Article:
China, the US, and Africa: A New Foreign Aid Triangle?

A Chinese construction worker (R) supervises the building of a road on 30 April 2007 in Makenisa, 9km south of Addis Ababa, Ethiopia. (Simon Maina/AFP)

As American government and business leaders welcome their African counterparts to Washington this week, business and economic development are at the top of the agenda. The U.S.–Africa Summit and more than 100 side events are expected to cover opportunities for greater trade and investment between the regions, in a follow-up to President Obama’s trip to Africa last summer. Left unspoken, however, is the fact that Africa increasingly seems to be a theater for competition for economic and political influence between the two great powers of the 21st century, China and the United States.

The recent release of China’s second white paper detailing its foreign aid activities has sparked renewed debate over the country’s aid policies. Like most countries, China has linked its foreign aid programs to its broader political and economic strategies. And a particular focus of these programs has been Africa: From 2010 to 2012, Africa received 52% of all Chinese foreign aid – more than any other continent. Although, China has also increased aid to Africa focused on social goods like agriculture, health, and education. For example, Chinese medical teams have been dispatched to Zimbabwe, Malawi, Mozambique, and Sudan to help with the treatment of malaria. Projects in Ethiopia have focused on training 1,800 Ethiopian teachers for agricultural vocational schools. In Liberia, China supported a technical cooperation program to teach 500 Liberians to weave bamboo/rattan into goods.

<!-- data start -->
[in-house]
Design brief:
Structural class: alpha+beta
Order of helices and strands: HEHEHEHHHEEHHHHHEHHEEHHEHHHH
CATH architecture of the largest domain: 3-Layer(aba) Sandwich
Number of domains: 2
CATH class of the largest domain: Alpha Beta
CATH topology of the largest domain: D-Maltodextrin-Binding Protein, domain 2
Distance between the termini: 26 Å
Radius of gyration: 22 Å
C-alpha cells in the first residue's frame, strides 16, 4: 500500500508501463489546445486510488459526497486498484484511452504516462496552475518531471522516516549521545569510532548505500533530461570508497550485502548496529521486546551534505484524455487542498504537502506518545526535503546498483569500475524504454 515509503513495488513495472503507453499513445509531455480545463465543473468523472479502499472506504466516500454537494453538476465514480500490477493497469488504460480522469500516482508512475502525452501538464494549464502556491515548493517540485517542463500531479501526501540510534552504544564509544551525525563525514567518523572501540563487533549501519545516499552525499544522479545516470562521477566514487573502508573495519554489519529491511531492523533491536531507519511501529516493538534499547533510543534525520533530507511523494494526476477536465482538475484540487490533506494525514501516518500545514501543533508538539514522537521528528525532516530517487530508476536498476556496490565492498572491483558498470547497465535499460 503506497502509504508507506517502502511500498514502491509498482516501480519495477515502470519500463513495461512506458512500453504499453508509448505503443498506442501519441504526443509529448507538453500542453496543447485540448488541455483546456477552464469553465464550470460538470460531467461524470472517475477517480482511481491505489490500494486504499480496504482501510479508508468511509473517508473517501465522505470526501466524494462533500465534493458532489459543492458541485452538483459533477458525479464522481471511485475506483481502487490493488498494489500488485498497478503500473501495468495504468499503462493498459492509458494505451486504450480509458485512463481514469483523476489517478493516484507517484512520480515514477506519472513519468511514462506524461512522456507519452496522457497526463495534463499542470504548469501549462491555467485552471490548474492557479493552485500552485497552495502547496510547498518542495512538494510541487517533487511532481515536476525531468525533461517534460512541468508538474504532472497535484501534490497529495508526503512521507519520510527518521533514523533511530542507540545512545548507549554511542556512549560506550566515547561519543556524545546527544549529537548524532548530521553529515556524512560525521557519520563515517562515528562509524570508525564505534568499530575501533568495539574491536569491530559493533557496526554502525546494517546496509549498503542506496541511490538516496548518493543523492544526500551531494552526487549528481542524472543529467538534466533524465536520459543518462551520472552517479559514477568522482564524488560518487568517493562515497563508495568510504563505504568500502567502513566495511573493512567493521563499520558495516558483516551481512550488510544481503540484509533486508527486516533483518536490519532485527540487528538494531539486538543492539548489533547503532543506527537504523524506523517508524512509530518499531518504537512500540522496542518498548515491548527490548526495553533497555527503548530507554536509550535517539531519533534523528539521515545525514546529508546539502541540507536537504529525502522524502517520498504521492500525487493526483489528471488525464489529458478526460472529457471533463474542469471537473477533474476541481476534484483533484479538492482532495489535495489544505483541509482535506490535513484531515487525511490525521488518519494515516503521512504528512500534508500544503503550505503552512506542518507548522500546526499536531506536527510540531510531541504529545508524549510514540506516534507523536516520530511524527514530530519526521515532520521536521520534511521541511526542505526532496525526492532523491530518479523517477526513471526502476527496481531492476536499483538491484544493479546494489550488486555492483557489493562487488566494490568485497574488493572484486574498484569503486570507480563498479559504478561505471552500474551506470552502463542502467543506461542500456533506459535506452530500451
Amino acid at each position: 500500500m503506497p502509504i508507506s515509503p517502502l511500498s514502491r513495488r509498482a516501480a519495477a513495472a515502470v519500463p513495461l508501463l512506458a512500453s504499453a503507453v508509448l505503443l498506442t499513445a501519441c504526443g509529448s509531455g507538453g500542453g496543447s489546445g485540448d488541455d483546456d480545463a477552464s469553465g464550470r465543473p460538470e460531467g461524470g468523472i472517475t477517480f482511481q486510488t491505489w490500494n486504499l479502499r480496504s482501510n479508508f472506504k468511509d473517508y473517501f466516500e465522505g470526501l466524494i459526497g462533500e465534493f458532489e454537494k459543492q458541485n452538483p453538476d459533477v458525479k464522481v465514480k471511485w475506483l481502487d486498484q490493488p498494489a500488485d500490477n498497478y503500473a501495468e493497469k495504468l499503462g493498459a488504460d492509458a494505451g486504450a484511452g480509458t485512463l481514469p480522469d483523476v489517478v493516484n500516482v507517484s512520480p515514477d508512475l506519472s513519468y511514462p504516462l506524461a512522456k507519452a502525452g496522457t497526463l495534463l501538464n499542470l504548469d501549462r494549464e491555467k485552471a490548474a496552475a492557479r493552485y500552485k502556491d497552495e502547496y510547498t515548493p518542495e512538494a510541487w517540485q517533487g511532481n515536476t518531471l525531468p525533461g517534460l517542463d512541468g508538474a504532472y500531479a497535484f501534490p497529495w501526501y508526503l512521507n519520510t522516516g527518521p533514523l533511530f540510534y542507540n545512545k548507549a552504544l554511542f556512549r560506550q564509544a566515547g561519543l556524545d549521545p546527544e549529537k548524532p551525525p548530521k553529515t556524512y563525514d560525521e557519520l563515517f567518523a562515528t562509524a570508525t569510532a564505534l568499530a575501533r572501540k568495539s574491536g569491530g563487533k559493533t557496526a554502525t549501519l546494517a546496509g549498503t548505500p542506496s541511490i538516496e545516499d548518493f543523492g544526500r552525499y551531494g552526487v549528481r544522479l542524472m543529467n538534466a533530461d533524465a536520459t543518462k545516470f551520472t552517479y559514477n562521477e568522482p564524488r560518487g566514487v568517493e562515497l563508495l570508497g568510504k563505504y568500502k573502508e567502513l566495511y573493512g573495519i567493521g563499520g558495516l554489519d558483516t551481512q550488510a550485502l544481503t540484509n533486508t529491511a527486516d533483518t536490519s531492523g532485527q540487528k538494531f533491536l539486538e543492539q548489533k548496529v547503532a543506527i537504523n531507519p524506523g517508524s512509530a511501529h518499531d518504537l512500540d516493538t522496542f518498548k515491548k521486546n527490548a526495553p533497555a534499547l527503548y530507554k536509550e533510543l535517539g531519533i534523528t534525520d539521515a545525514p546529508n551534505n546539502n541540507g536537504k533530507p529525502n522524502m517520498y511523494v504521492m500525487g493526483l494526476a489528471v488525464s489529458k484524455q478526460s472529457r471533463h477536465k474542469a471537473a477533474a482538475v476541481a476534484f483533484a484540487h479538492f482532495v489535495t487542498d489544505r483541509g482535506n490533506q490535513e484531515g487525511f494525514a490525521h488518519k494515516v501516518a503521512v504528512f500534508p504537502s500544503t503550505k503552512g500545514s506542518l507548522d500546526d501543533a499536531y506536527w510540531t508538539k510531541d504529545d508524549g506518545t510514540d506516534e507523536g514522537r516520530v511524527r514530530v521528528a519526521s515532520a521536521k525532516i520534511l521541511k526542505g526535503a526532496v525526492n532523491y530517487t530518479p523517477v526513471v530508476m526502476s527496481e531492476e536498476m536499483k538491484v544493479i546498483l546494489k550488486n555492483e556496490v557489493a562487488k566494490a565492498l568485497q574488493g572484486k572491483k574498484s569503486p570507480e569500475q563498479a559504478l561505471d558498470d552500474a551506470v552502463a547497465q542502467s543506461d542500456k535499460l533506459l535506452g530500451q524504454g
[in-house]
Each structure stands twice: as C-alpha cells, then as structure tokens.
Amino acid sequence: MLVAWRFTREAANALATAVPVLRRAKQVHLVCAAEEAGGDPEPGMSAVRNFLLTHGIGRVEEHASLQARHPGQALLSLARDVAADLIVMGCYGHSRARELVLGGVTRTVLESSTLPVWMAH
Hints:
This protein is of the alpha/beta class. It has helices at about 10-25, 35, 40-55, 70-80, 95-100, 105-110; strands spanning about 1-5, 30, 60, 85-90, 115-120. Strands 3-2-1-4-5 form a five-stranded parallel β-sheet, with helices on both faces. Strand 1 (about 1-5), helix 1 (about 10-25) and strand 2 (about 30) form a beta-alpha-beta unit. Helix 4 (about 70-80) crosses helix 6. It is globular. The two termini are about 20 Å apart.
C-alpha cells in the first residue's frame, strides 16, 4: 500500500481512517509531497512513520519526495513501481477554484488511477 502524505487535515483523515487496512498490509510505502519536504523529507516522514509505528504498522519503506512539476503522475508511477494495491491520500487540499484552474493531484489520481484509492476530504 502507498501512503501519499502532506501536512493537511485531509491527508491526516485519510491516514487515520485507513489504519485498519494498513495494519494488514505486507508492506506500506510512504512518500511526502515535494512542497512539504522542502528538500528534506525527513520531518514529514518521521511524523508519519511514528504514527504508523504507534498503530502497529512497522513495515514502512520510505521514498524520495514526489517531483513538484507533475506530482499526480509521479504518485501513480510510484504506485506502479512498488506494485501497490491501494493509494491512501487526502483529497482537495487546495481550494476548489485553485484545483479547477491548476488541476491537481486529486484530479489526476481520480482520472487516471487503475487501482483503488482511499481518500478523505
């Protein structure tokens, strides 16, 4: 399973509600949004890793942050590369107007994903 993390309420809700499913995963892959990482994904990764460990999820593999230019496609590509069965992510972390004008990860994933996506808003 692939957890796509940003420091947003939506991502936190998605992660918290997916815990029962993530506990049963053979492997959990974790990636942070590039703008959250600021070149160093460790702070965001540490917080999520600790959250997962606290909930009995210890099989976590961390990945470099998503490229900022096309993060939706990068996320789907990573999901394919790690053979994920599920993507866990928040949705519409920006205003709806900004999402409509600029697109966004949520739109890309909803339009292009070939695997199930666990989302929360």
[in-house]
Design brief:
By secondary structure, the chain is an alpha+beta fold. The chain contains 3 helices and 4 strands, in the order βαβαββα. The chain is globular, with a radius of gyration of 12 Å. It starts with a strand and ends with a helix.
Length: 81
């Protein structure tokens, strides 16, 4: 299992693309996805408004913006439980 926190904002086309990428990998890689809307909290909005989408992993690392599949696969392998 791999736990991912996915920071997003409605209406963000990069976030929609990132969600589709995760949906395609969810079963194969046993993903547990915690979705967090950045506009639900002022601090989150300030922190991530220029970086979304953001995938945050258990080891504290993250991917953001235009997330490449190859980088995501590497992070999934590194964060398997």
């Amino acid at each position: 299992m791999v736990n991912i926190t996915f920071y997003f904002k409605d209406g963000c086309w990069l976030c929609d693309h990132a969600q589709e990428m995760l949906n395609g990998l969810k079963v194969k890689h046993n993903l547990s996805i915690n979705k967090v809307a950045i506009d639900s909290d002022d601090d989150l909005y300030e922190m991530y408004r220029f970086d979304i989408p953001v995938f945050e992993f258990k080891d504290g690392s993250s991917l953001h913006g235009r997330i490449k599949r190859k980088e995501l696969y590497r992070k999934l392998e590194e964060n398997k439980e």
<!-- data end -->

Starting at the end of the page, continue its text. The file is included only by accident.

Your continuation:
China wants to shed its image as a country hungry for Africa’s natural resources and raw materials by emphasizing programs focused on development issues like poverty reduction, health, and education, which were highlighted in Chinese Premier Li Keqiang’s recent visit. This spring, China signed a US$3.8 billion deal to finance most of a rail line connecting Kenya’s Indian Ocean port of Mombasa to its capital, Nairobi. Over time, this line will connect Uganda, Rwanda, Burundi, and South Sudan. It provides badly needed infrastructure that can lower costs and increase trade in the area, and better connect East Africa.

China’s aid to African countries fulfills needs on both sides, while fostering stronger diplomatic and economic relations. Africa stands to benefit from capital and investment, better infrastructure, and access to Chinese markets. China’s ability to swiftly finance and implement projects makes the country a particularly attractive donor. China, meanwhile, can find in Africa the stocks of energy and natural resources that it needs to sustain its economic growth.